A positive start to 2012 has been reversed by a resurgence of tensions in the euro area, which have eroded almost all of the gains made during the first four months of this year, says the World Bank’s latest Global Economic Prospects June 2012.
The world economy is once again in a precarious situation, within months of the sharp deceleration in economic activity seen in the fourth quarter of 2011. The latest bout of tensions is a stark reminder that the after effects of the 2008/09 financial crisis have not played out fully and that volatility and uncertainty are here to stay, according to the report, published on June 12.
So far, conditions in most developing countries have not deteriorated as much as in the fourth quarter of 2011. Outside of Europe and Central Asia and the Middle-East and North Africa, developing country credit default swap (CDS) rates, a key indicator of market sentiment, remain well below their highs from the fall of 2011.
Nonetheless, developing and high-income country stock markets have lost about seven per cent since May 1, giving up two-thirds of the gains generated over the preceding four months.
Most industrial commodity prices are down, with crude oil and copper prices down by 19 and 14 per cent, respectively, while developing country currencies have lost value against the US dollar, as international capital fled to safe-haven assets, such as German and US government bonds.
As a result, Global Economic Prospects June 2012 projects that developing country growth will slow to a relatively weak 5.3 per cent in 2012, before strengthening somewhat to 5.9 per cent in 2013 and 6.0 per cent in 2014. Growth in high-income countries will also be weak, 1.4, 1.9 and 2.3 per cent for 2012, 2013 and 2014 respectively – with GDP in the euro zone declining 0.3 per cent in 2012. Overall, global GDP is projected to rise 2.5, 3.0 and 3.3 per cent for the same period.
The new tensions illustrate that serious risks remain for developing countries during the coming years. In these conditions, policy in developing countries needs to be less reactive to short-term changes in external conditions, and more responsive to medium-term domestic considerations. A return to more neutral macroeconomic policies would also help developing countries reduce their vulnerabilities to external shocks, by rebuilding fiscal space, reducing short-term debt exposures and recreating the kinds of buffers that allowed them to react so resiliently to the 2008/09 crisis.
Growth for the East Asia and Pacific region is on a moderately easing trend, with GDP gains for the region dropping to 8.3 per cent in 2011 from 9.7 per cent in 2010. Regional growth will moderate further to 7.6 per cent in 2012, before a broader global recovery lifts exports and growth in 2013 to 8.1 per cent, easing to 7.9 per cent in 2014. China’s expansion has slowed, but GDP is expected to advance from 8.2 per cent in 2012 to 8.4 per cent by 2014.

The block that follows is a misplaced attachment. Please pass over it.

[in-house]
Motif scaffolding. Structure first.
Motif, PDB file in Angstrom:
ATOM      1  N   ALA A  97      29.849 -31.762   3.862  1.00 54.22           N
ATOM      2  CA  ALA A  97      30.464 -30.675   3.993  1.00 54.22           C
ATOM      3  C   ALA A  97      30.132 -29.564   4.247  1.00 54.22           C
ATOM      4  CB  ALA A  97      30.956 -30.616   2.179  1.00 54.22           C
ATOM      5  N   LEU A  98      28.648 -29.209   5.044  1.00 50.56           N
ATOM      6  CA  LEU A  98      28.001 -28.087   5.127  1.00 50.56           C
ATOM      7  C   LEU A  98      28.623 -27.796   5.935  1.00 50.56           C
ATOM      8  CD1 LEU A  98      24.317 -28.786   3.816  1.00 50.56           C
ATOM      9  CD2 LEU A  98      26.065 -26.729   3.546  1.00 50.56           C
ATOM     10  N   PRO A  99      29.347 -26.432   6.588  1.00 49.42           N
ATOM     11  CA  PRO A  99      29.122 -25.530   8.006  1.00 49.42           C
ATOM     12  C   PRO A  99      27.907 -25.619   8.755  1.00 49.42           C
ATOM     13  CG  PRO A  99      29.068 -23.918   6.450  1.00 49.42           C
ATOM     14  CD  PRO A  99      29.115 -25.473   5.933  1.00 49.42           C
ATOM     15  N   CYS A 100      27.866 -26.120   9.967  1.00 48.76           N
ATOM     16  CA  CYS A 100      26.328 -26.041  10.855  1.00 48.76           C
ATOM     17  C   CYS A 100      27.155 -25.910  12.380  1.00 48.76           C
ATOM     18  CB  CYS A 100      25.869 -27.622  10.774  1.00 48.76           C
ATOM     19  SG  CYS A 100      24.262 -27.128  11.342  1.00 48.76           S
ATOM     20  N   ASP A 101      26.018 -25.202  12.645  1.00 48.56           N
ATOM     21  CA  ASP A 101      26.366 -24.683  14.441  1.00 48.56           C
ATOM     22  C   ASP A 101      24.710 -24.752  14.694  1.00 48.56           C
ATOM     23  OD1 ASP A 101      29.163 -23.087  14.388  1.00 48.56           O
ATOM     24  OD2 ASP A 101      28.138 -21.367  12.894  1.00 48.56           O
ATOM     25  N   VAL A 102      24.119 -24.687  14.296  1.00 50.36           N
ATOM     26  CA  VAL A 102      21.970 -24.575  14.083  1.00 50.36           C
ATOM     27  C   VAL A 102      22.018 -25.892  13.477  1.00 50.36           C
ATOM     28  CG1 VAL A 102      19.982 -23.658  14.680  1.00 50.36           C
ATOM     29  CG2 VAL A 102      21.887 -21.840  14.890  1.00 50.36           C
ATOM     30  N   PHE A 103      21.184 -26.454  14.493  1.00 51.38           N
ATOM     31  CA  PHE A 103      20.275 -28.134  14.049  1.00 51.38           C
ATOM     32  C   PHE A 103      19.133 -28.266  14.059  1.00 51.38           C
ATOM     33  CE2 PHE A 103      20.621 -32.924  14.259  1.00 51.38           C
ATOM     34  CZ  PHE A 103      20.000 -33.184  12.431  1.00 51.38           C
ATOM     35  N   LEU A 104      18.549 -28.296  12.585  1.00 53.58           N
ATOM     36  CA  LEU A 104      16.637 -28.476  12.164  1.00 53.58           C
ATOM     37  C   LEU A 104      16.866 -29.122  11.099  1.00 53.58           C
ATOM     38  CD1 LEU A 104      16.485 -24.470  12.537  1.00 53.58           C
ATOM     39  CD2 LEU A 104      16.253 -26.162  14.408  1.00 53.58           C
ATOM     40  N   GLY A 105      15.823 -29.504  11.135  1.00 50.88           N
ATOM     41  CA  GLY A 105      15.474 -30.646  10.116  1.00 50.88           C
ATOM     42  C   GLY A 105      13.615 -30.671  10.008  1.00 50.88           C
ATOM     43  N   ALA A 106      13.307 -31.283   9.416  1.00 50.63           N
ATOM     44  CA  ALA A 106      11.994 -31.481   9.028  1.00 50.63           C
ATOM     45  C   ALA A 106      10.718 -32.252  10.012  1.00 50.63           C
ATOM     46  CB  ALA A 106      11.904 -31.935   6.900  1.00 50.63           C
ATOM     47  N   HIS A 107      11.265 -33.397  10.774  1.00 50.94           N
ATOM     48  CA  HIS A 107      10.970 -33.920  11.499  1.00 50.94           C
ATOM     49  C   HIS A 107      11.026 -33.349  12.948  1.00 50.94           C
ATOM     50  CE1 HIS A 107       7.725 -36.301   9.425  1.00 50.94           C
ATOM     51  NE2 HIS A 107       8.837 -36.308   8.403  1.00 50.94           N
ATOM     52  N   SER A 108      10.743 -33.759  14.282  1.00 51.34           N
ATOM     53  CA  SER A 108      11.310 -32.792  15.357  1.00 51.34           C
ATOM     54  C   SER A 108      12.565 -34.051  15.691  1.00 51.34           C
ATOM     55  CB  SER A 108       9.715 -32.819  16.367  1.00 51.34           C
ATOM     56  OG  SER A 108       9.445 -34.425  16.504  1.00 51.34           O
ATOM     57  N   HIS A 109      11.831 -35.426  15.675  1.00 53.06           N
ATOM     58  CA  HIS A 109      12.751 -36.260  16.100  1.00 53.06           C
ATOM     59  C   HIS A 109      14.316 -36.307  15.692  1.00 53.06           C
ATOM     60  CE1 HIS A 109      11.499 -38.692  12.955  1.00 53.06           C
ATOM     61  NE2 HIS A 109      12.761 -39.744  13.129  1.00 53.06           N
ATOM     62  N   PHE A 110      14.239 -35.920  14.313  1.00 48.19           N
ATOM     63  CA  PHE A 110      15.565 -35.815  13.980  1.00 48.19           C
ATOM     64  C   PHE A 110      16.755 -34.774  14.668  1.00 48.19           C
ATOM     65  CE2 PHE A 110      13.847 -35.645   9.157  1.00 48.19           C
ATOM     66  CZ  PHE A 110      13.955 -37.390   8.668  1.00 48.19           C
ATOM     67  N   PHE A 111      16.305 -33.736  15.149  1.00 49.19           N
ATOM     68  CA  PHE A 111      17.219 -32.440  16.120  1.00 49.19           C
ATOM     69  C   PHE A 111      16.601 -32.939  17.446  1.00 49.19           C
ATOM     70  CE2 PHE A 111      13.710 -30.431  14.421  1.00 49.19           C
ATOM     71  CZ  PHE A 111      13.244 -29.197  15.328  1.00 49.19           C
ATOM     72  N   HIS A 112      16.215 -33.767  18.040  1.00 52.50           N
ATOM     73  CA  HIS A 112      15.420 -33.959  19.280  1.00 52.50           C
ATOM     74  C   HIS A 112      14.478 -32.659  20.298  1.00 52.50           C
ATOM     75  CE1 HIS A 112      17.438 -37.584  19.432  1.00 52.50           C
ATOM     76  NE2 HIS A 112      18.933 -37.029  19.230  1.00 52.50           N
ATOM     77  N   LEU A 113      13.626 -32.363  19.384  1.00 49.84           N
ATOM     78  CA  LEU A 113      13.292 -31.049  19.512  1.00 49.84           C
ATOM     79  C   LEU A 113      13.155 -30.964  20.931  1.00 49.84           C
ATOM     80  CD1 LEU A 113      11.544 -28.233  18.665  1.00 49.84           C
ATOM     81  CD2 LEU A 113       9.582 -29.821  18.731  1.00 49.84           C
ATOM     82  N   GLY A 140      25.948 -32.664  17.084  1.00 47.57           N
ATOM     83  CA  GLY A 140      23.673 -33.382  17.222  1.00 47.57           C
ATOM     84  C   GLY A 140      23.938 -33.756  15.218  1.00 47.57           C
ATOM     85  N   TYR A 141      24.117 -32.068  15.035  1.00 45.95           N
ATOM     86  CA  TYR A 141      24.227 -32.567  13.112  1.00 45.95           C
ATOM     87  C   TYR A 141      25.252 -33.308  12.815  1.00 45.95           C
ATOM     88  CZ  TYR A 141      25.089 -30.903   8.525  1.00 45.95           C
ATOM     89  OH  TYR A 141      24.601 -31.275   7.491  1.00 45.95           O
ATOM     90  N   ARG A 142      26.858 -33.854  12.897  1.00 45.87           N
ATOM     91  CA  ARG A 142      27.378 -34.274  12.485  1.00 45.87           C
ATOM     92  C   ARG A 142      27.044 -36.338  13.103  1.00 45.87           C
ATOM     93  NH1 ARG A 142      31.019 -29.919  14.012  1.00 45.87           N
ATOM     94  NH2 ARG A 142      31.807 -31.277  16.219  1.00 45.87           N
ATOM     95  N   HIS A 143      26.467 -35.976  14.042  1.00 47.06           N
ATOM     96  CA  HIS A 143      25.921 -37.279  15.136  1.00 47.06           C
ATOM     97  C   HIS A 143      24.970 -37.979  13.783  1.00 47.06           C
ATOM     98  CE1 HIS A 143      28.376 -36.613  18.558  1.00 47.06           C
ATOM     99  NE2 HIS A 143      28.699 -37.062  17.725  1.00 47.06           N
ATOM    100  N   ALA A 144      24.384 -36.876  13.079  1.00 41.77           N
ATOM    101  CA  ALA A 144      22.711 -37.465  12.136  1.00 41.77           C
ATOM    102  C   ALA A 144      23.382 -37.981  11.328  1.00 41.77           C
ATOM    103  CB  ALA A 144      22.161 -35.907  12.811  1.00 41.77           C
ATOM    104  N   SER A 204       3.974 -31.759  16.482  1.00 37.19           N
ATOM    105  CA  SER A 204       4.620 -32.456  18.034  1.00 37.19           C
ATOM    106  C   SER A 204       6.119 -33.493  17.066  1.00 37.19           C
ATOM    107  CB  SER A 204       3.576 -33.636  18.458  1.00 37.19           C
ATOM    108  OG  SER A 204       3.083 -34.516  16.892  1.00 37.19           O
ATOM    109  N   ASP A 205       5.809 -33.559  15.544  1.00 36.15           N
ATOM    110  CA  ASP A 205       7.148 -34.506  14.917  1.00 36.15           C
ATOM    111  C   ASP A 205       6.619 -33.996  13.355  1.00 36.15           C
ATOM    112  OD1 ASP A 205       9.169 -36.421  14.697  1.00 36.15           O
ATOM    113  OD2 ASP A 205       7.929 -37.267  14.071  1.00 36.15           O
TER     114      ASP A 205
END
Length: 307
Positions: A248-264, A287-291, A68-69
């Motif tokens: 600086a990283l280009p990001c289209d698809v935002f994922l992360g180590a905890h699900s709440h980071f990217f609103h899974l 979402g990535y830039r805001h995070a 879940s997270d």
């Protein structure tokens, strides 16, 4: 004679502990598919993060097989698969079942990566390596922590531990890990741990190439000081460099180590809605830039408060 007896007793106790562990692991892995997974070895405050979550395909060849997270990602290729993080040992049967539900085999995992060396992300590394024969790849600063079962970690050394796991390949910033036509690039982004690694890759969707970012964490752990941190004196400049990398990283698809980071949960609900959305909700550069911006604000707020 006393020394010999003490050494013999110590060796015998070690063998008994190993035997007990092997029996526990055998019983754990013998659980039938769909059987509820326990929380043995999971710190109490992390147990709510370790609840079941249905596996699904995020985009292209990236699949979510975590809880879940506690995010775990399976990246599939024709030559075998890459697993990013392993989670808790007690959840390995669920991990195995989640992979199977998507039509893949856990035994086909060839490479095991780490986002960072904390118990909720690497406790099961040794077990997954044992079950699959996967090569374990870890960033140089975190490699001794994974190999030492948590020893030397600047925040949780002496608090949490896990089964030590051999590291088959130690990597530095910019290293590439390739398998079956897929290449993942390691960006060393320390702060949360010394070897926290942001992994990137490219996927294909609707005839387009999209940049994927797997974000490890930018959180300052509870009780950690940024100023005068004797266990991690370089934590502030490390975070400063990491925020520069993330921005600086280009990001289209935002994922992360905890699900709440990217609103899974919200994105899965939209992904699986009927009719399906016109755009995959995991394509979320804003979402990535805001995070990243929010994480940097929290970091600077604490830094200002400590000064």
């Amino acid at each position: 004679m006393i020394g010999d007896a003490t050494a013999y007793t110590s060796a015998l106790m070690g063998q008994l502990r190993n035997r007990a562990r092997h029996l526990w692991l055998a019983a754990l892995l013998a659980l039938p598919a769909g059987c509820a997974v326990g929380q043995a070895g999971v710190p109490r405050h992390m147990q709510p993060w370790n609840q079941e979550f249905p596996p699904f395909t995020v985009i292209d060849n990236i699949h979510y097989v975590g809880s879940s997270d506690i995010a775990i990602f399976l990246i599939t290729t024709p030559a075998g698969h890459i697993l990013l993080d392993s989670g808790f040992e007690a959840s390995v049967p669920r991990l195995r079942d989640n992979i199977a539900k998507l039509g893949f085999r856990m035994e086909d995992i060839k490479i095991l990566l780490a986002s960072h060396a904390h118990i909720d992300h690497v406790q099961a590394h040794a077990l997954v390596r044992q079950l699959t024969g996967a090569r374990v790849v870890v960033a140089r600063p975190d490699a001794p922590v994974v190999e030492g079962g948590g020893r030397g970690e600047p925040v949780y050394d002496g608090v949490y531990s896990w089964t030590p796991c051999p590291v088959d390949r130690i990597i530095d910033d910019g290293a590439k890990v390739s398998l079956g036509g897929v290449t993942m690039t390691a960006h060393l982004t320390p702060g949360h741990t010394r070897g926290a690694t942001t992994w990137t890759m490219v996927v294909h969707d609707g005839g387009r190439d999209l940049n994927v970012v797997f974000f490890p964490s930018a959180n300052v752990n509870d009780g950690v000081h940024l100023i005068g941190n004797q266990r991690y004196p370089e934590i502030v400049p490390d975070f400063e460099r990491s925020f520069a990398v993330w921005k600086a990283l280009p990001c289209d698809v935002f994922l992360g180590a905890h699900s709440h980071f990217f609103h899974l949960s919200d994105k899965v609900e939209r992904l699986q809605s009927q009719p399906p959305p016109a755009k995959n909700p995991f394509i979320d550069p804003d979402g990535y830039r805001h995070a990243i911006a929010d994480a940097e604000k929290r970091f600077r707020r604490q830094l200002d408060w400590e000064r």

Developing Europe and Central Asia posted a strong growth of 5.6 per cent for 2011, driven by robust domestic demand and good harvests in some countries. However, severe weather conditions in early 2012, capacity constraints in some countries, deleveraging by European banks, and the renewed turmoil in high-income Europe are projected to slow regional GDP growth to 3.3 per cent this year, before a modest recovery is expected, with growth firming to 4.1 and 4.4 per cent in each of 2013 and 2014.
Growth in the Latin America and the Caribbean region eased to 4.3 per cent in 2011, from 6.1 per cent in 2010, due to a pronounced slowdown in the region’s larger economies. In Brazil, GDP slowed to 2.7 per cent in 2011 (7.5 per cent in 2010), as investment growth and private consumption eased. Regional GDP is expected to decelerate to 3.5 per cent in 2012, firming to 4.1 per cent and 4 per cent in 2013 and 2014, respectively, while growth in Brazil is projected at 2.9 per cent in 2012, 4.2 per cent in 2013 and 3.9 per cent in 2014.
Uncertainty, volatility, and political change continue to characterize conditions in the Middle East and North Africa region. Aggregate GDP grew by 1 per cent in 2011, down from 3.8 per cent in 2010. Regional growth is projected to remain weak at 0.6 per cent for 2012, mainly reflecting the influence of sanctions on growth in Iran, and continued GDP declines in Syria and Yemen. As these elements fade in importance, growth for the region should step up to 2.2 per cent in 2013 and 3.4 per cent in 2014.
Growth in South Asia slowed to 7.1 per cent in 2011, from 8.6 per cent in 2010, as headwinds from the Euro Area crisis caused a steep deceleration in exports and a reversal of portfolio inflows. Growth in India was particularly weak due to several domestic factors which cut into investment activity. Regional growth will be a modest 6.4 per cent in 2012, 6.5 per cent in 2013, and 6.7 per cent in 2014. India will see growth (measured at factor cost) increasing to 6.9, 7.2 and 7.4 per cent in fiscal years 2012-13, 2013-14 and 2014-15, respectively.
Economic growth in Sub-Saharan Africa remained robust in 2011 at 4.7 per cent. Excluding South Africa, growth in the rest of the region was stronger, at 5.6 per cent. Higher commodity prices and improved macroeconomic and political stability in recent years has supported increased private investment flows to the region. Regional growth is expected to strengthen to 5 per cent in 2012, 5.3 per cent in 2013 and 5.2 per cent in 2014.
(Photo: Alessandro Paiva/sxc.hu)